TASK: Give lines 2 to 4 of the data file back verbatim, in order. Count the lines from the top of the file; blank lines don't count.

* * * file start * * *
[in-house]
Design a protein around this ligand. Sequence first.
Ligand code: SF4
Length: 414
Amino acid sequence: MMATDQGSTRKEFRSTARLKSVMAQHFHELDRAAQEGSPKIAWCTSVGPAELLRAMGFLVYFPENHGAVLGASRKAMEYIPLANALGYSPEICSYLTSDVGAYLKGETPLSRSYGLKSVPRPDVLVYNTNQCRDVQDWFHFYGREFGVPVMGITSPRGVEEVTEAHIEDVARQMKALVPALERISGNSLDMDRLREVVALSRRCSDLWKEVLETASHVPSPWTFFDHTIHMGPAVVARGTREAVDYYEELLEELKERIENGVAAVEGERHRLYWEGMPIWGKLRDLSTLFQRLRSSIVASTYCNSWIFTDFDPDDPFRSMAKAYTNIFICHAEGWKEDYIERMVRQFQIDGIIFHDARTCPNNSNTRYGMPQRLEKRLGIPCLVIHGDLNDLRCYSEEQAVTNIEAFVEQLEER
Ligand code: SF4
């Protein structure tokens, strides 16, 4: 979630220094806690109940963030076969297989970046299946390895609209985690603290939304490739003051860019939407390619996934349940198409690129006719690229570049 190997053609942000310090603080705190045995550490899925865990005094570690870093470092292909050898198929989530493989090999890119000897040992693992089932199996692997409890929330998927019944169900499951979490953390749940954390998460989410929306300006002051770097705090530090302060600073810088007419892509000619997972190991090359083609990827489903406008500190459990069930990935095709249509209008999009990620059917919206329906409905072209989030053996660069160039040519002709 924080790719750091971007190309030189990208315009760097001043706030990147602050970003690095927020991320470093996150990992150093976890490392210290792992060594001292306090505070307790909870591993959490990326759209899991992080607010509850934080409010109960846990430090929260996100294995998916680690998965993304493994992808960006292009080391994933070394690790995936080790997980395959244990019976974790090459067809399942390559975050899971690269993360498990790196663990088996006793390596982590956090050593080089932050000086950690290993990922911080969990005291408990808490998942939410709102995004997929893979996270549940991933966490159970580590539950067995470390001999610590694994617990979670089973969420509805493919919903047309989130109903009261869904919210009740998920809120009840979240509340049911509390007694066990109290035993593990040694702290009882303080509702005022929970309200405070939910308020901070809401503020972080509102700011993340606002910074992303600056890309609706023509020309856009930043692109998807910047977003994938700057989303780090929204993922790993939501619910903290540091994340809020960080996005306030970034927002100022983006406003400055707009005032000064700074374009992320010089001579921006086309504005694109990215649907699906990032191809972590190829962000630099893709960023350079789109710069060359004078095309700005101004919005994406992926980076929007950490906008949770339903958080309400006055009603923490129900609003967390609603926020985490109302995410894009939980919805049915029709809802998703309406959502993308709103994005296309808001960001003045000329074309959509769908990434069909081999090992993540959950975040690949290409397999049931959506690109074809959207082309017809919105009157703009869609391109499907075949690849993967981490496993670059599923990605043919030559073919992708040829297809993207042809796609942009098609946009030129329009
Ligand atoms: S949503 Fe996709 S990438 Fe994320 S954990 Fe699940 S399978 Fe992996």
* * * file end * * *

Design a protein around this ligand. Sequence first.
Ligand code: SF4
Length: 414